9th Conference European Sociological Association

RN10 Sociology of Education

2009-09-05 09:00:00 2009-09-05 10:30:00 Saturday, 5 September 09:00 - 10:30 Social Inequalities III Building I, 2E6

A Sociological Inquiry of Wants in Educational Choices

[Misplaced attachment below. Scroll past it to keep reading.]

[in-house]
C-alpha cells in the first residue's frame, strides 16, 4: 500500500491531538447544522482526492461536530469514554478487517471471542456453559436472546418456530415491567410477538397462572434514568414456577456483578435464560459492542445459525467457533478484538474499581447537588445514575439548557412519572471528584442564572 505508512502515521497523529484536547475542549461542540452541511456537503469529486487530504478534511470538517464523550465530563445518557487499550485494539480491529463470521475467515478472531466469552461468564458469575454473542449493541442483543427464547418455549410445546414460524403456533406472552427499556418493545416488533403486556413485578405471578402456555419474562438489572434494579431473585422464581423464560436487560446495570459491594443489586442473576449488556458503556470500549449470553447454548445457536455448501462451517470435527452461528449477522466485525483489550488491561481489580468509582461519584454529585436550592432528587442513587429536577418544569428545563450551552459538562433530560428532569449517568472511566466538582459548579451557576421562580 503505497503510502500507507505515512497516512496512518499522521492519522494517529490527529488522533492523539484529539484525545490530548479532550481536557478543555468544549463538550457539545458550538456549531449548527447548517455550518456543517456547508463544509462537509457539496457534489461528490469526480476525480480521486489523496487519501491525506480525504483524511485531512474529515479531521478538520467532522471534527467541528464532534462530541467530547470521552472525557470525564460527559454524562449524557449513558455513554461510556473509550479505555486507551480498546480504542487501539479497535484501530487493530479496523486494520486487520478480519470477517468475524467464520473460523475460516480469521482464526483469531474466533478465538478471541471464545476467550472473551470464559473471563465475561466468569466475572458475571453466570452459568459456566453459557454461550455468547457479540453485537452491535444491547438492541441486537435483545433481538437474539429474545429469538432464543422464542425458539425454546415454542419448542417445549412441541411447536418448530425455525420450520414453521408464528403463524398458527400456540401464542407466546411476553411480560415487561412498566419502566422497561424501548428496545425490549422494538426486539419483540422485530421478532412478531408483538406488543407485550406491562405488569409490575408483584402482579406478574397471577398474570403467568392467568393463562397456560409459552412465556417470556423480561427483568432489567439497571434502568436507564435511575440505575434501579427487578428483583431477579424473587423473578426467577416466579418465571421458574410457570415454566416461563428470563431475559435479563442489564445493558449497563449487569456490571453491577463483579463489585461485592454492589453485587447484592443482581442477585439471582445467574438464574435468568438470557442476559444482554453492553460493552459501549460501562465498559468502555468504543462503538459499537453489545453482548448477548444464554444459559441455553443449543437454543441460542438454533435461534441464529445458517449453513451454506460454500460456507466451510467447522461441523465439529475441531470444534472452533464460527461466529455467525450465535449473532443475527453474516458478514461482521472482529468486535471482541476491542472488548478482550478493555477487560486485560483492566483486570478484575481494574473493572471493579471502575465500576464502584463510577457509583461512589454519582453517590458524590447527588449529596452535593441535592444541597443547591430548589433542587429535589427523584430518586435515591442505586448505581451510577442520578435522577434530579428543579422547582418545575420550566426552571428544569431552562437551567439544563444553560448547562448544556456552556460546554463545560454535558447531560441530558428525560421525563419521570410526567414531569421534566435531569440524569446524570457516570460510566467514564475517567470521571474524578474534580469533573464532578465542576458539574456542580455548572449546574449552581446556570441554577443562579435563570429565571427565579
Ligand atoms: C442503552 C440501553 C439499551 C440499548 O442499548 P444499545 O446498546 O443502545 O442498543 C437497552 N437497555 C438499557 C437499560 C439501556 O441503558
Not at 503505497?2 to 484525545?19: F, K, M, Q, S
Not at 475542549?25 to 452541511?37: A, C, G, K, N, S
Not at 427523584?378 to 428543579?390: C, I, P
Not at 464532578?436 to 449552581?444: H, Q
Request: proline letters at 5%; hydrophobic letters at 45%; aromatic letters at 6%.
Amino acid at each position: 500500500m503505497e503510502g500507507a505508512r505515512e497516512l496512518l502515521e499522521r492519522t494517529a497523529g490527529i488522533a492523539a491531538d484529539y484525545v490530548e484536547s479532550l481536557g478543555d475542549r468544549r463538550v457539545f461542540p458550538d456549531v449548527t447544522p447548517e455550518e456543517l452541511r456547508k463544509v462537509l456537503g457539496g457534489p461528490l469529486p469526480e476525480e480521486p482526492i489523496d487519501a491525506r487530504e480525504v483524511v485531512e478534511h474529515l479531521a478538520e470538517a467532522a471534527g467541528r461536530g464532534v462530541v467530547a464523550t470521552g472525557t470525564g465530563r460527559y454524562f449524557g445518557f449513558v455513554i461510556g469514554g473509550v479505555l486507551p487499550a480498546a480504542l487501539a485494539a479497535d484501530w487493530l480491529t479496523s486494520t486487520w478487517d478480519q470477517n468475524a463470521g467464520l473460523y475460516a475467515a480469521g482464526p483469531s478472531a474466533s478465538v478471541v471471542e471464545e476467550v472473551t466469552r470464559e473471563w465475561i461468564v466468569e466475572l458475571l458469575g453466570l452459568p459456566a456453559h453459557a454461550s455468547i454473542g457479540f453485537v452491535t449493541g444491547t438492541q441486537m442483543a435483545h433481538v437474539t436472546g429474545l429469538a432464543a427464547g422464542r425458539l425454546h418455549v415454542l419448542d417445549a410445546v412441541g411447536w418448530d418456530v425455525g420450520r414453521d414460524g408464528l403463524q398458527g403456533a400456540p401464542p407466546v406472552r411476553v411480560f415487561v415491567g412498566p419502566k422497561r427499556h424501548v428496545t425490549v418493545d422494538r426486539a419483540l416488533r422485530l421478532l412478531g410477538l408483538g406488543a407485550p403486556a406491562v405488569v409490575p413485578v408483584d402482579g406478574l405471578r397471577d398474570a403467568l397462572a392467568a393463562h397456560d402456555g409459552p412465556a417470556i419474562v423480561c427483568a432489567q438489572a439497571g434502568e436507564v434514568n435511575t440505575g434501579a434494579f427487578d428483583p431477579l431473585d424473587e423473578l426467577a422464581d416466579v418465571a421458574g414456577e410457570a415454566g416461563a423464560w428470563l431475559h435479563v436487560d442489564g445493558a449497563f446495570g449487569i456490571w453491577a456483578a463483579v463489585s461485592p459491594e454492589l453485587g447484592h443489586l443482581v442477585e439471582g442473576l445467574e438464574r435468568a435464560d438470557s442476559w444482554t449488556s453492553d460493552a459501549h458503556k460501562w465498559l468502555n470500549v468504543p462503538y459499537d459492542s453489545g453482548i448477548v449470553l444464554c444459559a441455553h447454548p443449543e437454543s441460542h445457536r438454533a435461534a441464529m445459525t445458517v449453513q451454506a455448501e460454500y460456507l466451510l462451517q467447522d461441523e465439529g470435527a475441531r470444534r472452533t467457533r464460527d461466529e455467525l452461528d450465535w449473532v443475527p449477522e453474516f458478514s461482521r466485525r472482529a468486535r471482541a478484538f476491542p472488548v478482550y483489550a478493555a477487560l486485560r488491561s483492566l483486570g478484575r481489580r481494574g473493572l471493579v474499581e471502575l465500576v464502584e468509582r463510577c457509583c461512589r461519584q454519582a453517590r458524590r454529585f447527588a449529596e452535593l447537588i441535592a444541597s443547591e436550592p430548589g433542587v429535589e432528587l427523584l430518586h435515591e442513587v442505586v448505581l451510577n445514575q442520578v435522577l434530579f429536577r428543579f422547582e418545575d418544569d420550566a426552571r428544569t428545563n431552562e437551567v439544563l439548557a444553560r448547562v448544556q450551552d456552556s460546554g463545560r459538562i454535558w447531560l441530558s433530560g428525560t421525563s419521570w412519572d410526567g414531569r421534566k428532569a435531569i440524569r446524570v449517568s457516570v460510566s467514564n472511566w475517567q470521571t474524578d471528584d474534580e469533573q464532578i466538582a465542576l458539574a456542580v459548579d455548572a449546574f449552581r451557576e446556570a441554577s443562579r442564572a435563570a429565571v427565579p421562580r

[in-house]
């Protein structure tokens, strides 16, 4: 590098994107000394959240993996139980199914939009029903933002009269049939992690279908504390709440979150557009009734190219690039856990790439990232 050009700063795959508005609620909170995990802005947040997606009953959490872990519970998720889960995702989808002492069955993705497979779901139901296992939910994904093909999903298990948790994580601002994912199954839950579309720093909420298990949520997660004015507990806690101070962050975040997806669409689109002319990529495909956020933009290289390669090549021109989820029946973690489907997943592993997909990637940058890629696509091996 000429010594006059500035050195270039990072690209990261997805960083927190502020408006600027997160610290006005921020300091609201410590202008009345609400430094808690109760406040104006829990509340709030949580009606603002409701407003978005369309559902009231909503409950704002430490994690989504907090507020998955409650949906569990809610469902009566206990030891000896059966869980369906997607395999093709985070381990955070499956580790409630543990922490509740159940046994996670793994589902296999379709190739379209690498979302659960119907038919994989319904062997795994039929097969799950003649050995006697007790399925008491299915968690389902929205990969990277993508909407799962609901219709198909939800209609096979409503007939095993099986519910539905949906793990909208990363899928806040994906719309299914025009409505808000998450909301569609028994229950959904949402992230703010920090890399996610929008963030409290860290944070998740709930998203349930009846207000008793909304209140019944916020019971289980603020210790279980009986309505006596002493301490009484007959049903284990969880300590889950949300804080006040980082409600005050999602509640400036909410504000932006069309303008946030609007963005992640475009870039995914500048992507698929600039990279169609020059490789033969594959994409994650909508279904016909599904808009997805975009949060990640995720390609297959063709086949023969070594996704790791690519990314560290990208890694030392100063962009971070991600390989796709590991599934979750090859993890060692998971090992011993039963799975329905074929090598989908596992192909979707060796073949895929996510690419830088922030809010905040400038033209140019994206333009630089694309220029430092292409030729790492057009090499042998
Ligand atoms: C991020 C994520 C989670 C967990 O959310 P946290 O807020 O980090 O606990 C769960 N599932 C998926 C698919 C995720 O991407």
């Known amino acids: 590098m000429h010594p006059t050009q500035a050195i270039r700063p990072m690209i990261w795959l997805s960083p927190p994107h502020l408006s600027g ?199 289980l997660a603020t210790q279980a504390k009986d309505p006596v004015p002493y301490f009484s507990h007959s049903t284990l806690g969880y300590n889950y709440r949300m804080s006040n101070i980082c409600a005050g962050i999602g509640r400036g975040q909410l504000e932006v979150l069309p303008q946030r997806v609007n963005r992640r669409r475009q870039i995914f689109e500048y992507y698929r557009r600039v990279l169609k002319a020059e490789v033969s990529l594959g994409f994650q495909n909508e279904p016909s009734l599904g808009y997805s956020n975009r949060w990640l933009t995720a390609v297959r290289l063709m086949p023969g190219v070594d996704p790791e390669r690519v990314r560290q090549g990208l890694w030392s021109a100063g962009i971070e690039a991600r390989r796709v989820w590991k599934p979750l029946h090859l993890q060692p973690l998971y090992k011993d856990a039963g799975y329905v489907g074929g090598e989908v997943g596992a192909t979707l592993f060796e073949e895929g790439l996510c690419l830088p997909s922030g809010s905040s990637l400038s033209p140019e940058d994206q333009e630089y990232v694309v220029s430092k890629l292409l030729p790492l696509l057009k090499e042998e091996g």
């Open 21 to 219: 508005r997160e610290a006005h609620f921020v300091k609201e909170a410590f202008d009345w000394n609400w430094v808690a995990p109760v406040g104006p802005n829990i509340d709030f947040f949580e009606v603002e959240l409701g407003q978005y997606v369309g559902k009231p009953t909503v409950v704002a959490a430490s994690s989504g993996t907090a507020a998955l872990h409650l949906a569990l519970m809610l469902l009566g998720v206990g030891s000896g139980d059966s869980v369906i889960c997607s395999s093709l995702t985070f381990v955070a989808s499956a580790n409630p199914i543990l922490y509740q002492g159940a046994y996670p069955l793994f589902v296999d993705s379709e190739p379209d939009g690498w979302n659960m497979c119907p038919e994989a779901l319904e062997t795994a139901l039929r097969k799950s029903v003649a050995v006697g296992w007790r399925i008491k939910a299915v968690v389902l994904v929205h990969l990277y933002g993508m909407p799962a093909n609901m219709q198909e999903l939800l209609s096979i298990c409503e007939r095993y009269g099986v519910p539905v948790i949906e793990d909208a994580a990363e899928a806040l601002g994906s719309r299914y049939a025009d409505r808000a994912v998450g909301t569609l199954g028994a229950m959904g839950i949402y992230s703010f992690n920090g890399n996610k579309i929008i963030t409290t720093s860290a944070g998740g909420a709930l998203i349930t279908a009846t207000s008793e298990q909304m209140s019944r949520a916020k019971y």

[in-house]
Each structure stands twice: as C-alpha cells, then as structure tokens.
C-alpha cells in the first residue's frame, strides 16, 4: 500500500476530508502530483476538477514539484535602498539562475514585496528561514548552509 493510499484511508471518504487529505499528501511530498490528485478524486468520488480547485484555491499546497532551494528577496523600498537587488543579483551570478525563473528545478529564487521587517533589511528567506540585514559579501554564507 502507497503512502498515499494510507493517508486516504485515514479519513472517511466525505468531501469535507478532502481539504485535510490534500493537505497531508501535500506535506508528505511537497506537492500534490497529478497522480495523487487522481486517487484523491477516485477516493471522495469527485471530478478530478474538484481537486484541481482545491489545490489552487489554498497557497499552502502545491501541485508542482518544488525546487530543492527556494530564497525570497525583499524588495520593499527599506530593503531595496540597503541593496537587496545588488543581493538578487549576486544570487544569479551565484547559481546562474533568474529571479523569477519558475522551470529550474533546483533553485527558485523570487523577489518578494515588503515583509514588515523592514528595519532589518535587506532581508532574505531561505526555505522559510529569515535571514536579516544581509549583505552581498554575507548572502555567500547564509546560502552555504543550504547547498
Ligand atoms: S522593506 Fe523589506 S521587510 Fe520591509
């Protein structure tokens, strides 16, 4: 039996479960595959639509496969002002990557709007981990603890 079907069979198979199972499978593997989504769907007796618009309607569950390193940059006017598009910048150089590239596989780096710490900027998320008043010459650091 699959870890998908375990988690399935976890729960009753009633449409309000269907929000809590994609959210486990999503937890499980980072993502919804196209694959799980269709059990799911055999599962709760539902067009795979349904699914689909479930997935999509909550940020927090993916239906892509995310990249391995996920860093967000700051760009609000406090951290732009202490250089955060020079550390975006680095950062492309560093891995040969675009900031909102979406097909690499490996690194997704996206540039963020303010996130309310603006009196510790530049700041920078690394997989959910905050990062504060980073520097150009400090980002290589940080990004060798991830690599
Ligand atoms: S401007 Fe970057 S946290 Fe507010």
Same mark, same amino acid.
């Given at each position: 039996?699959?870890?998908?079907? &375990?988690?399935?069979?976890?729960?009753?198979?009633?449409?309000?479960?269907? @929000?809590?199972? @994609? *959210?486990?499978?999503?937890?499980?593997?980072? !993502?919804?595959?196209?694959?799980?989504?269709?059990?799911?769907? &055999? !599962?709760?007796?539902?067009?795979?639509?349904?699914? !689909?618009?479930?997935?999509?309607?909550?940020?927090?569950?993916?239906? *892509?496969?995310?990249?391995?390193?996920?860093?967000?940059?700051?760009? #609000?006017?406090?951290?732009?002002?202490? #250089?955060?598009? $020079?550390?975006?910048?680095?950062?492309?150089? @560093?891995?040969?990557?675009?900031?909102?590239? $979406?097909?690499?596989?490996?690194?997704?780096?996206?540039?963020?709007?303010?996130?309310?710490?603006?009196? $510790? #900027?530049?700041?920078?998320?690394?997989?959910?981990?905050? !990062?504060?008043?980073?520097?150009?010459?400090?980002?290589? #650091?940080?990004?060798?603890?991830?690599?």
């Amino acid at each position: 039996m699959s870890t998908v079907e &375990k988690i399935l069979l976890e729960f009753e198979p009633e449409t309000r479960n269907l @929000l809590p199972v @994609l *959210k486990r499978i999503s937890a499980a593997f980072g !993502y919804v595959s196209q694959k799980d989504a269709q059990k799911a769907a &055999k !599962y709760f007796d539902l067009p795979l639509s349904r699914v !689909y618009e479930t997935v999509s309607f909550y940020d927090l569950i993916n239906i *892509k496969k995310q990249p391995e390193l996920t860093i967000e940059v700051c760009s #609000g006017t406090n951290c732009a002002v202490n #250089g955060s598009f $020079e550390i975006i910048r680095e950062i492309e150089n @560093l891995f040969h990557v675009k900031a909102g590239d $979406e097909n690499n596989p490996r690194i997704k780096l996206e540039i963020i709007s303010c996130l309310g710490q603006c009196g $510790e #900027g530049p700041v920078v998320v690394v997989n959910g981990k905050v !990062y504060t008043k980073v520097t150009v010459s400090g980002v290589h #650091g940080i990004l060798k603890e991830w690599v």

From an emancipatory point of view it is essential to know more about how human wants are related to educational choices and the motivational factors that enable social action. The purpose of this paper is to develop an explanatory sociological approach of wants. We do this in relation to the concept of preferences of rational choice theory. By using one of the favourite cases of this theory, namely preferences prevailing choices and investment in human capital, we manage to show that the assumption of stable preferences is unrealistic. We will illustrate the impossibility to separate wants from material and symbolic support of the social order (relative scarcity). The want-lists of different student´s (n=27) demonstrate this. In this context, a want-list of an individual is defined as a social and cultural manifestation, and an outcome of agents´ reinterpretations and negotiations within a social order. Our findings illustrate that these want-lists contain high levels of inconsistency from the perspective of rational choice: meaning that they violate the principle of transitivity (viz. irrationality) and manifest an indifference which is derived from the principle of completeness (viz. indeterminacy). We argue that this inconsistency arises because of radical uncertainty, denominated as epistemological opaqueness. From this we propose an alternative approach to want formation anchored in the concept of the habitus (Pierre Bourdieu) and reflexivity (Margaret Archer). The habitus concept establishes the set of wants (merely the bundle of wants), whereas reflexivity conditions the want-list (the interconnectedness of wants). This approach both eases the problem of epistemic opaqueness and maintains that wants should be seen to form an organic totality. An organic incorporation of wants will, we argue, help us to understand how habitus hinges agent´s reflexive possibilities of making educational choices. Consequently, if we view wants as being denominated to socio-cultural manifestations, we may better understand the intermediating domains of micro-political affairs that both constitute the prevailing order of things, and poses individual possibilities of questioning and transforming that order. Our results pose a challenge to assumptions centred in the recognition that educational choices first and foremost are expressions of individual interest and cognitive skills.